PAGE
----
IRAQ DESPERATELY needs to spend US$1.7bn on repairing its water infrastructure over the next 12 months, the United Nations and World Bank have said.
A joint UN/World Bank report published last month said that over the next four years US$35bn will be needed to rebuild Iraq.
The water and sanitation sector and electricity investment will account for most of the engineering work, says the report.
It estimates that over the four years US$7bn will be needed to rebuild water infrastructure, US$11bn for electricity and US$2bn for transport.
It specifically calls for a major focus on water infrastructure during the next 12 months with over US$1.7bn of work identified.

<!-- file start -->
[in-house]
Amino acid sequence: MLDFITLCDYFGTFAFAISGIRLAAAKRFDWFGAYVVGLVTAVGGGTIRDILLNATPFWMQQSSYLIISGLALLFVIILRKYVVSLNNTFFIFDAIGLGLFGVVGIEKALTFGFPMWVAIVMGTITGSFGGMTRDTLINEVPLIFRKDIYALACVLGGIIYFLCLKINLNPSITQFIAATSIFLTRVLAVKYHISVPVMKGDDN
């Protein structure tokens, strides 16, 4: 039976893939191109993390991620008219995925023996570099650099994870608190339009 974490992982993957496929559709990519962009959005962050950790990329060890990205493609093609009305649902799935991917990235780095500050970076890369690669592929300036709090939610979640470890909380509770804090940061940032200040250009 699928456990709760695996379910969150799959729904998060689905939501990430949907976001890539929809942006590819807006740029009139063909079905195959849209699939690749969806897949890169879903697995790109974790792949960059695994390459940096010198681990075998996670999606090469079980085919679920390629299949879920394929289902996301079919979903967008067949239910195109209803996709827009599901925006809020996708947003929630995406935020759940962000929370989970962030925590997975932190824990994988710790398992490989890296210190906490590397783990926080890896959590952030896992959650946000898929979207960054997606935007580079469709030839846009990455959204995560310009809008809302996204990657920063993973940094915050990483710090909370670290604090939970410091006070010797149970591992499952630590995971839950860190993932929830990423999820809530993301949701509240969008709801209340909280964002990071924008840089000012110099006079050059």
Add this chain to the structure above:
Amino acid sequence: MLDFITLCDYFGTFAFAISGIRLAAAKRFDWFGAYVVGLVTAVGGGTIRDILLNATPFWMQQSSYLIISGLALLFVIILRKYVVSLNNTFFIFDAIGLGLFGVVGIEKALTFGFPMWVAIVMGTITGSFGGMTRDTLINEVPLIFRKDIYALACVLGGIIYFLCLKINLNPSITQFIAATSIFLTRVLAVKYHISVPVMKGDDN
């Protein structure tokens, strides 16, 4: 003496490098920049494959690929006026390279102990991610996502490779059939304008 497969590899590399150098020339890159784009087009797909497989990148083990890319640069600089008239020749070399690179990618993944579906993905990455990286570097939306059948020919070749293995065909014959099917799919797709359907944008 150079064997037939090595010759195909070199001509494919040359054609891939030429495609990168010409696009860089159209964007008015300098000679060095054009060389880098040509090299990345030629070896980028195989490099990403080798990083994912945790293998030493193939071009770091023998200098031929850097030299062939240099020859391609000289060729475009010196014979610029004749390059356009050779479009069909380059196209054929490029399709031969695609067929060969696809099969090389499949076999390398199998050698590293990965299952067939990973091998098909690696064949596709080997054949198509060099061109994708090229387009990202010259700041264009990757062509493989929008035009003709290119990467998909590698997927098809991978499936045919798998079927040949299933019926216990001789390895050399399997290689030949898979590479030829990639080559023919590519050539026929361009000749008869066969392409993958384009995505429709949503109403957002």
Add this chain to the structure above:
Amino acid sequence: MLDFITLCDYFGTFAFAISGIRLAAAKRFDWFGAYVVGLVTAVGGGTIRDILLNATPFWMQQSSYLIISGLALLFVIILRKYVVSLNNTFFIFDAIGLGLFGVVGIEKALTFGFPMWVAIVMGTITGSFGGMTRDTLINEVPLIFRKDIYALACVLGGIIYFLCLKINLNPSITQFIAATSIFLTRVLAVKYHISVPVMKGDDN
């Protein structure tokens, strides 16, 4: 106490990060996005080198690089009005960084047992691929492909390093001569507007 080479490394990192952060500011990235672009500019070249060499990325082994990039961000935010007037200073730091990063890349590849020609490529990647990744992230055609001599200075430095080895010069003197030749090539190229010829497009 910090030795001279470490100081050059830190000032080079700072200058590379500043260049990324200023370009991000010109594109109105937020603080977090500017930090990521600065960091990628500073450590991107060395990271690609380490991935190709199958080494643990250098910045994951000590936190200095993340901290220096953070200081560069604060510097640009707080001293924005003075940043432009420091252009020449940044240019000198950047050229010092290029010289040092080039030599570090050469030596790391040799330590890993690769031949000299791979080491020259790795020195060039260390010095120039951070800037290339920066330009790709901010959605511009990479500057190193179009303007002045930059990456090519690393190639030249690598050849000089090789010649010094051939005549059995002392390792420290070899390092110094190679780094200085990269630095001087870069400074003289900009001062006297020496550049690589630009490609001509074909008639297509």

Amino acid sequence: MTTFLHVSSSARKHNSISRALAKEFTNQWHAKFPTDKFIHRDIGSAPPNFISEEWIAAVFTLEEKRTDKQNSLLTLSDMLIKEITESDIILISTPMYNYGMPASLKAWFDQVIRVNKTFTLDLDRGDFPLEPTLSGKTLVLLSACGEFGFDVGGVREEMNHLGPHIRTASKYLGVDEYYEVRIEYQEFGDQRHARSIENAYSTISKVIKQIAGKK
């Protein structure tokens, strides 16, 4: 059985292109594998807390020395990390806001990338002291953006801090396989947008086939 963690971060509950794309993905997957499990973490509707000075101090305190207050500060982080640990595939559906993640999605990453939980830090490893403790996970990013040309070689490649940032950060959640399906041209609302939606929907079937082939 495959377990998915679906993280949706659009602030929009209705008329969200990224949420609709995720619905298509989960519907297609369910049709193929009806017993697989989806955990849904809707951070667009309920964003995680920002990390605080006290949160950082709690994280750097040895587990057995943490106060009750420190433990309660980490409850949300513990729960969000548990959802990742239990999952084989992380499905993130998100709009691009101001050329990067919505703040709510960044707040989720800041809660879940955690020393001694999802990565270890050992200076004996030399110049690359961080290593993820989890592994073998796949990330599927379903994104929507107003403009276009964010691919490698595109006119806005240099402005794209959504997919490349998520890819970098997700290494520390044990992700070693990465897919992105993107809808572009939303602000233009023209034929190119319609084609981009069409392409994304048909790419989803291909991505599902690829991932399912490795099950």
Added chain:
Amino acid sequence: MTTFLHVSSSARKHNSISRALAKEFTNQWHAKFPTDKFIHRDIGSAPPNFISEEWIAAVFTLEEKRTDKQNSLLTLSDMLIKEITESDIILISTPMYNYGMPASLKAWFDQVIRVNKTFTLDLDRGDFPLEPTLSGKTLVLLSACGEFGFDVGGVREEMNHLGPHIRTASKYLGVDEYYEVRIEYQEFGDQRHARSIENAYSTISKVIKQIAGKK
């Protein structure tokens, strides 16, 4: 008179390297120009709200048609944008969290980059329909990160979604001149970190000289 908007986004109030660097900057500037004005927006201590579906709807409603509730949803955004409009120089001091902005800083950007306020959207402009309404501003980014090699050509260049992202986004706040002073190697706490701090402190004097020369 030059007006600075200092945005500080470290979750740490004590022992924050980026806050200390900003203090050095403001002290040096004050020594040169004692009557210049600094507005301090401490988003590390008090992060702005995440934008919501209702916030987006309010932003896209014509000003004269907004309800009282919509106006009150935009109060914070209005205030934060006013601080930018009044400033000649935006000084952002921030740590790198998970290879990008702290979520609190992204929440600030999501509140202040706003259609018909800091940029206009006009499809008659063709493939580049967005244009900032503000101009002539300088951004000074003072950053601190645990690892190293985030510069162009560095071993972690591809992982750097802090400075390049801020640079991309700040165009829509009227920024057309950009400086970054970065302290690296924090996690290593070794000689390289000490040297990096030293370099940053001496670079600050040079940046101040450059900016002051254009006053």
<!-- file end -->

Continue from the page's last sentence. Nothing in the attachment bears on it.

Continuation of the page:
Over half the water funding should be targeted at raising infrastructure to pre-Gulf War levels and at expanding existing networks, says the report.
In transport Iraq needs to renew 1,000km of railway, to complete a 150km highways scheme, and to rehabilitate 1,750km of other roads.
This is on top of an estimated US$18bn programme to provide security and enable oil production to restart. This sum has been identified by the Coalition Provisional Authority, which is administering the war torn country.
The report was published ahead of a donor conference in Madrid last month which endorsed the priorities set out by the UN and World Bank. A multi-donor fund for Iraq, to be administered by the funding agencies, was set up.